sorry, we can't preview this file

Table_1_Machine Learning-Based HIV Risk Estimation Using Incidence Rate Ratios.XLSX (14.96 kB)

Table_1_Machine Learning-Based HIV Risk Estimation Using Incidence Rate Ratios.XLSX

Download (14.96 kB)
posted on 02.12.2021, 04:43 authored by Oliver Haas, Andreas Maier, Eva Rothgang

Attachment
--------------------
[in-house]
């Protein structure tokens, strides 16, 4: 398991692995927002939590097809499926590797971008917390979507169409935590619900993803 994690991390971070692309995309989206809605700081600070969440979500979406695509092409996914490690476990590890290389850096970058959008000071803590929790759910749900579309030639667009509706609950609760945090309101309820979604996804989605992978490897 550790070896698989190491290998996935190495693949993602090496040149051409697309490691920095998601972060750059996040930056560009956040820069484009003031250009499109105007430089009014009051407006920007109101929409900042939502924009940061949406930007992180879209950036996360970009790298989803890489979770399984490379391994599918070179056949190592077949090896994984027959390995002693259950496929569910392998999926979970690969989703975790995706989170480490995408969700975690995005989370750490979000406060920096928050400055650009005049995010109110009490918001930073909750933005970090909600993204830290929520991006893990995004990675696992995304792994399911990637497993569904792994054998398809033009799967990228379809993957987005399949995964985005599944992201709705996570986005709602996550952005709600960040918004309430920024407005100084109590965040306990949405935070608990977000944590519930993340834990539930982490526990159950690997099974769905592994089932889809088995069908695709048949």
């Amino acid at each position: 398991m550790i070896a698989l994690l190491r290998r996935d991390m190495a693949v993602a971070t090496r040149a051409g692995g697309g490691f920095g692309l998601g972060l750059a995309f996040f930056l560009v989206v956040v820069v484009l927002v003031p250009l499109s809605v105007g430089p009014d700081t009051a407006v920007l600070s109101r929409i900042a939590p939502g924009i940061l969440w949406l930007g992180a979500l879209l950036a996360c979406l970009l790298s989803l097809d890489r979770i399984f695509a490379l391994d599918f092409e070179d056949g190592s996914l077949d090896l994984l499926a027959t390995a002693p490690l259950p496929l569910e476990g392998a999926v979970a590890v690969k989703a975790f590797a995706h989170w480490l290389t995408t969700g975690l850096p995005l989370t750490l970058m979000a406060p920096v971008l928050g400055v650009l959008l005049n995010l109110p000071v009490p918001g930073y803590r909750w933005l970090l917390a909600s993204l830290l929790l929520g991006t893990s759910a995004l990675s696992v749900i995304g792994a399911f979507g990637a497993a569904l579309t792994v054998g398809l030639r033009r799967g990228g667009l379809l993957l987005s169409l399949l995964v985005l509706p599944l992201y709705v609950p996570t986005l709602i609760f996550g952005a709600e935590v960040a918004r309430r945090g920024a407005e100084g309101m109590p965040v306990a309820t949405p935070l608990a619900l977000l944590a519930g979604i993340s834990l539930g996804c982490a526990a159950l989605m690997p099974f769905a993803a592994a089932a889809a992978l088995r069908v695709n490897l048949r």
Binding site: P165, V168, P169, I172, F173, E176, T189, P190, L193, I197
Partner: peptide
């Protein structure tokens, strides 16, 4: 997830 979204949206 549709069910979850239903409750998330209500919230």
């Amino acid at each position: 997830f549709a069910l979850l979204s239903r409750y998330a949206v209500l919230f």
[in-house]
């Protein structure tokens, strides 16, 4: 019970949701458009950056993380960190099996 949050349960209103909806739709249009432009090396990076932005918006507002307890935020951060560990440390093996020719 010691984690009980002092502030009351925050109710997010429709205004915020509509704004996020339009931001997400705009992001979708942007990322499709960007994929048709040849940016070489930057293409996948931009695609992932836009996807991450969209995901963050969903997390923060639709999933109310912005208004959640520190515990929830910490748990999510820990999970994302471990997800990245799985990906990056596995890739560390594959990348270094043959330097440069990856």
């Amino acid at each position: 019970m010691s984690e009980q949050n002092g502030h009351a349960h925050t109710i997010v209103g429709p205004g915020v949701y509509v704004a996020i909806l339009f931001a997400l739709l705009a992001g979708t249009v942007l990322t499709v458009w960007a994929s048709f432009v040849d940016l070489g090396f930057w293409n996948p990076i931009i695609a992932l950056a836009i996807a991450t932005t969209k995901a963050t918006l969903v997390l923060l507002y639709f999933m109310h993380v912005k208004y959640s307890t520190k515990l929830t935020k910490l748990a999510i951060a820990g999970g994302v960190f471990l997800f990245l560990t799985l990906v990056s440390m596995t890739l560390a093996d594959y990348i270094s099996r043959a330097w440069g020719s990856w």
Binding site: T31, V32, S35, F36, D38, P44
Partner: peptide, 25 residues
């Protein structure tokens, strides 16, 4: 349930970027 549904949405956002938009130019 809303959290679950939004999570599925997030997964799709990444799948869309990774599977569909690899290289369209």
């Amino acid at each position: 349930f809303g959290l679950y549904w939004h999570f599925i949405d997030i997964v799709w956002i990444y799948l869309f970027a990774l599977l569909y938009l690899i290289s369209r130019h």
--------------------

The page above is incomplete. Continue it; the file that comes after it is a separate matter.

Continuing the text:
HIV/AIDS is an ongoing global pandemic, with an estimated 39 million infected worldwide. Early detection is anticipated to help improve outcomes and prevent further infections. Point-of-care diagnostics make HIV/AIDS diagnoses available both earlier and to a broader population. Wide-spread and automated HIV risk estimation can offer objective guidance. This supports providers in making an informed decision when considering patients with high HIV risk for HIV testing or pre-exposure prophylaxis (PrEP). We propose a novel machine learning method that allows providers to use the data from a patient's previous stays at the clinic to estimate their HIV risk. All features available in the clinical data are considered, making the set of features objective and independent of expert opinions. The proposed method builds on association rules that are derived from the data. The incidence rate ratio (IRR) is determined for each rule. Given a new patient, the mean IRR of all applicable rules is used to estimate their HIV risk. The method was tested and validated on the publicly available clinical database MIMIC-IV, which consists of around 525,000 hospital stays that included a stay at the intensive care unit or emergency department. We evaluated the method using the area under the receiver operating characteristic curve (AUC). The best performance with an AUC of 0.88 was achieved with a model consisting of 53 rules. A threshold value of 0.66 leads to a sensitivity of 98% and a specificity of 53%. The rules were grouped into drug abuse, psychological illnesses (e.g., PTSD), previously known associations (e.g., pulmonary diseases), and new associations (e.g., certain diagnostic procedures). In conclusion, we propose a novel HIV risk estimation method that builds on existing clinical data. It incorporates a wide range of features, leading to a model that is independent of expert opinions. It supports providers in making informed decisions in the point-of-care diagnostics process by estimating a patient's HIV risk.